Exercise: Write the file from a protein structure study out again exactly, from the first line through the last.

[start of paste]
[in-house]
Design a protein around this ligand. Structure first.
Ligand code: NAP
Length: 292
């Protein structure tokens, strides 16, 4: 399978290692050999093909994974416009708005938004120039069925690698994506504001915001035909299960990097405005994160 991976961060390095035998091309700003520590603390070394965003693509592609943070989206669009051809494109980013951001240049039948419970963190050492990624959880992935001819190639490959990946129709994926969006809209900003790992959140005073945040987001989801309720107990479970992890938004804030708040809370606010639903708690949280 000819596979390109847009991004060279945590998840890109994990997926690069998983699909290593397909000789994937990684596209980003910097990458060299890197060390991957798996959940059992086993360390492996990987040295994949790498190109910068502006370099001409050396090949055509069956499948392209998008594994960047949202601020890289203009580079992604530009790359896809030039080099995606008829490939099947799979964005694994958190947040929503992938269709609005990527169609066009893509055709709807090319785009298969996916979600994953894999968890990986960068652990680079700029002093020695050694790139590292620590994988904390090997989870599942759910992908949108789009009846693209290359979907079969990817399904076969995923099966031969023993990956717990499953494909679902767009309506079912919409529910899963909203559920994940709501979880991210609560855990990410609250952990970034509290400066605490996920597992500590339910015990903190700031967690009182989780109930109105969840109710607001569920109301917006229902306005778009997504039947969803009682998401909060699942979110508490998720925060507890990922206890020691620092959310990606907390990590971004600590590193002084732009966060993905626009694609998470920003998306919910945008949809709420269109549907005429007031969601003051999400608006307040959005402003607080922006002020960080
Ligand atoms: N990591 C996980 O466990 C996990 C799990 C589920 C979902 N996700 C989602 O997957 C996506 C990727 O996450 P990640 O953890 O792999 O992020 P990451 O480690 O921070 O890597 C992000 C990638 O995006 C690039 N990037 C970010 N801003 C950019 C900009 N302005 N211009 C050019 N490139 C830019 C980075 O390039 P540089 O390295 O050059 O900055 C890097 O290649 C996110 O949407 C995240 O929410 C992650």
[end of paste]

[in-house]
Design a protein around this ligand. Structure first.
Ligand code: NAP
Length: 292
């Protein structure tokens, strides 16, 4: 399978290692050999093909994974416009708005938004120039069925690698994506504001915001035909299960990097405005994160 991976961060390095035998091309700003520590603390070394965003693509592609943070989206669009051809494109980013951001240049039948419970963190050492990624959880992935001819190639490959990946129709994926969006809209900003790992959140005073945040987001989801309720107990479970992890938004804030708040809370606010639903708690949280 000819596979390109847009991004060279945590998840890109994990997926690069998983699909290593397909000789994937990684596209980003910097990458060299890197060390991957798996959940059992086993360390492996990987040295994949790498190109910068502006370099001409050396090949055509069956499948392209998008594994960047949202601020890289203009580079992604530009790359896809030039080099995606008829490939099947799979964005694994958190947040929503992938269709609005990527169609066009893509055709709807090319785009298969996916979600994953894999968890990986960068652990680079700029002093020695050694790139590292620590994988904390090997989870599942759910992908949108789009009846693209290359979907079969990817399904076969995923099966031969023993990956717990499953494909679902767009309506079912919409529910899963909203559920994940709501979880991210609560855990990410609250952990970034509290400066605490996920597992500590339910015990903190700031967690009182989780109930109105969840109710607001569920109301917006229902306005778009997504039947969803009682998401909060699942979110508490998720925060507890990922206890020691620092959310990606907390990590971004600590590193002084732009966060993905626009694609998470920003998306919910945008949809709420269109549907005429007031969601003051999400608006307040959005402003607080922006002020960080
Ligand atoms: N990591 C996980 O466990 C996990 C799990 C589920 C979902 N996700 C989602 O997957 C996506 C990727 O996450 P990640 O953890 O792999 O992020 P990451 O480690 O921070 O890597 C992000 C990638 O995006 C690039 N990037 C970010 N801003 C950019 C900009 N302005 N211009 C050019 N490139 C830019 C980075 O390039 P540089 O390295 O050059 O900055 C890097 O290649 C996110 O949407 C995240 O929410 C992650």